Thursday, 6 March 2008

Buy-to-let distorts housing construction

Between 2001 and 2006, the UK added almost a million dwellings to the housing stock. At the same time, it has become increasingly difficult for first time buyers to enter the market, while lending standards for buy-to-let speculators have become increasingly lax. With that kind of perverse lending criteria, strange things are bound to happen.

The growth of buy-to-let has been a major driver behind housing construction. To see why, first take a look at how the stock of rental properties have changed in the last ten years.


(Click on the chart for a larger version)

As the chart suggests, long term trends in private rentals have tended to be rather static. Back in 1981, there were around 2.4 million privately rented homes. Ten years later, the number had fallen to 2.1 million. The number remained broadly stable, until 2001, when the number suddenly begin to increase. In 2006, the number was almost three million. Clearly, a lot more people are offering houses for rent these days, but where did all these new rental properties come from?

This second chart provides some of the answer. It focuses on the aggregate changes in the housing stock from 2001 to 2006. The four categories of houses are represented; a) owner-occupied, b) local authority rentals, c) housing associations, and d) private rentals.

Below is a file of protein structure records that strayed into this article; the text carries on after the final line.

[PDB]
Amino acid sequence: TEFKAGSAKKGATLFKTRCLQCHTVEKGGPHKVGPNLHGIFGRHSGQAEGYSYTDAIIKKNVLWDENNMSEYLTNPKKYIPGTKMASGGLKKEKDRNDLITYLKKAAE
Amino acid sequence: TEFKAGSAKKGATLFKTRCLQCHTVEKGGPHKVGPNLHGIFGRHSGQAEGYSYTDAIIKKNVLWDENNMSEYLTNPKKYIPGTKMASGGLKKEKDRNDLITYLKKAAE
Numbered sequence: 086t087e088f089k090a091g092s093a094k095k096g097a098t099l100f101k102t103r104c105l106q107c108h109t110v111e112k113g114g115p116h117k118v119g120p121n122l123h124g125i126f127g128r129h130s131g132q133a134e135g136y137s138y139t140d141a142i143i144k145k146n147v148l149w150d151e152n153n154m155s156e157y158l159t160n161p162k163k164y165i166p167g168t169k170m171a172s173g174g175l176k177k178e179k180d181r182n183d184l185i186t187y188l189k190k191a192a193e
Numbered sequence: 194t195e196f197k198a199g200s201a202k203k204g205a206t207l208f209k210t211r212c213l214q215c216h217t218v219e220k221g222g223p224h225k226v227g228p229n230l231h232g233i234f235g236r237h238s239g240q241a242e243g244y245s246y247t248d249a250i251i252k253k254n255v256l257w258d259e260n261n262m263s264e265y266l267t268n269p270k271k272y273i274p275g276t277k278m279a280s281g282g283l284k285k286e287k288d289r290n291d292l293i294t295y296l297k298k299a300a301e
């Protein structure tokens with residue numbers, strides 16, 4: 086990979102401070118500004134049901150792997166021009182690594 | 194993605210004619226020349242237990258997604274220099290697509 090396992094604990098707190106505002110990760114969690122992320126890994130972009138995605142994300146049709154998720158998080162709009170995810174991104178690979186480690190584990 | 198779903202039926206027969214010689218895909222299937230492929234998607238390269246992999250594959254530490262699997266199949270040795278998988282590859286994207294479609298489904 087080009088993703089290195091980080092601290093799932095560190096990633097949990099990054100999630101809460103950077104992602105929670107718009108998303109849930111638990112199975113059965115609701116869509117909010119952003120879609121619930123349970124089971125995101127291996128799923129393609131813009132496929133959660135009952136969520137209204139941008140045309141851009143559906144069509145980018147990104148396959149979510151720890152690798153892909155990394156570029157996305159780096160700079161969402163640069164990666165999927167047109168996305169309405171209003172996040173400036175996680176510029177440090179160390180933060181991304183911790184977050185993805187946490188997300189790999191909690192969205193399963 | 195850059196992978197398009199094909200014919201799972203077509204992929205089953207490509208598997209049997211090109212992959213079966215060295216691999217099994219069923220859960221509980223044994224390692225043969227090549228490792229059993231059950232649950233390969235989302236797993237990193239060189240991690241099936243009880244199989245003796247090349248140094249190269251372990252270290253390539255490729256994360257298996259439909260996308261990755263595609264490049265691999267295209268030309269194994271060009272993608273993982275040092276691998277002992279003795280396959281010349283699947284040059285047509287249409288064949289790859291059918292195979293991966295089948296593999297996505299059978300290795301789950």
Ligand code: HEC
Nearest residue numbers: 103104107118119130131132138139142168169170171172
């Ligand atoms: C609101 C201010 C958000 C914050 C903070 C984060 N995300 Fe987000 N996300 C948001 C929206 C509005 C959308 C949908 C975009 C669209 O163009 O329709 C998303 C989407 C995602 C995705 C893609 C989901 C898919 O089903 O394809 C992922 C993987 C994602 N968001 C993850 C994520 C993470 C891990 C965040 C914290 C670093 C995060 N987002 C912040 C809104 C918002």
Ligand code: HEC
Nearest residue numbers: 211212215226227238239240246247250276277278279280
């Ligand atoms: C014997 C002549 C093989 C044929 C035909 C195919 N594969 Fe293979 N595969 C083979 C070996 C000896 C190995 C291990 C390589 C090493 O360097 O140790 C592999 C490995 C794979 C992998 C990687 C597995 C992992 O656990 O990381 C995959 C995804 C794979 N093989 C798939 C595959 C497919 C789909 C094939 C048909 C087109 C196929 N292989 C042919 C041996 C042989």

(Click on the chart for a larger version)

Changes in owner occupation and local authority sales almost cancel each other out. Local authorities have sold almost a 982 thousand homes, while owner-occupation has increased by 839 thousand. Since a local authority sale has to be first rented out to the buyer, the vast majority of council house sales have initially transferred over into the owner-occupied category.

The remaining two categories - housing association and private rentals - more or less add up to the total change in dwellings. At least half the increase in new dwellings is due to private rentals, i.e. buy-to-let.

Obviously, house sales are churning between these four categories. Many new constructions were sold to owner occupiers, while many buy-to-let investors bought old houses. Nevertheless, the growth of buy-to-let investors has been one of the key drivers behind demand. Behind the investors, we find the banks, who offered lots of easy money to buy-to-let investors, which in turn, provided the financing for this building boom.

What are these new homes and where can they be found? These are the thousands of undersized apartments that now blight every major city centre in the UK. They are poorly constructed, overpriced and offer negative cash flow for any investor stupid enough to buy one.

Was this the kind of building boom the country needed? Of course not, but the housing market is a morass of perverse incentives. A low risk first time buyer wishing to buy a single home can no get a mortgage, while an investor leveraging themselves to the hilt can get any number of mortgages. Therefore, tt should surprise no one that this country ended up with a huge stock of overvalued appartments bought by an army of naive investors.

1 comment:

Anonymous said...

interesting post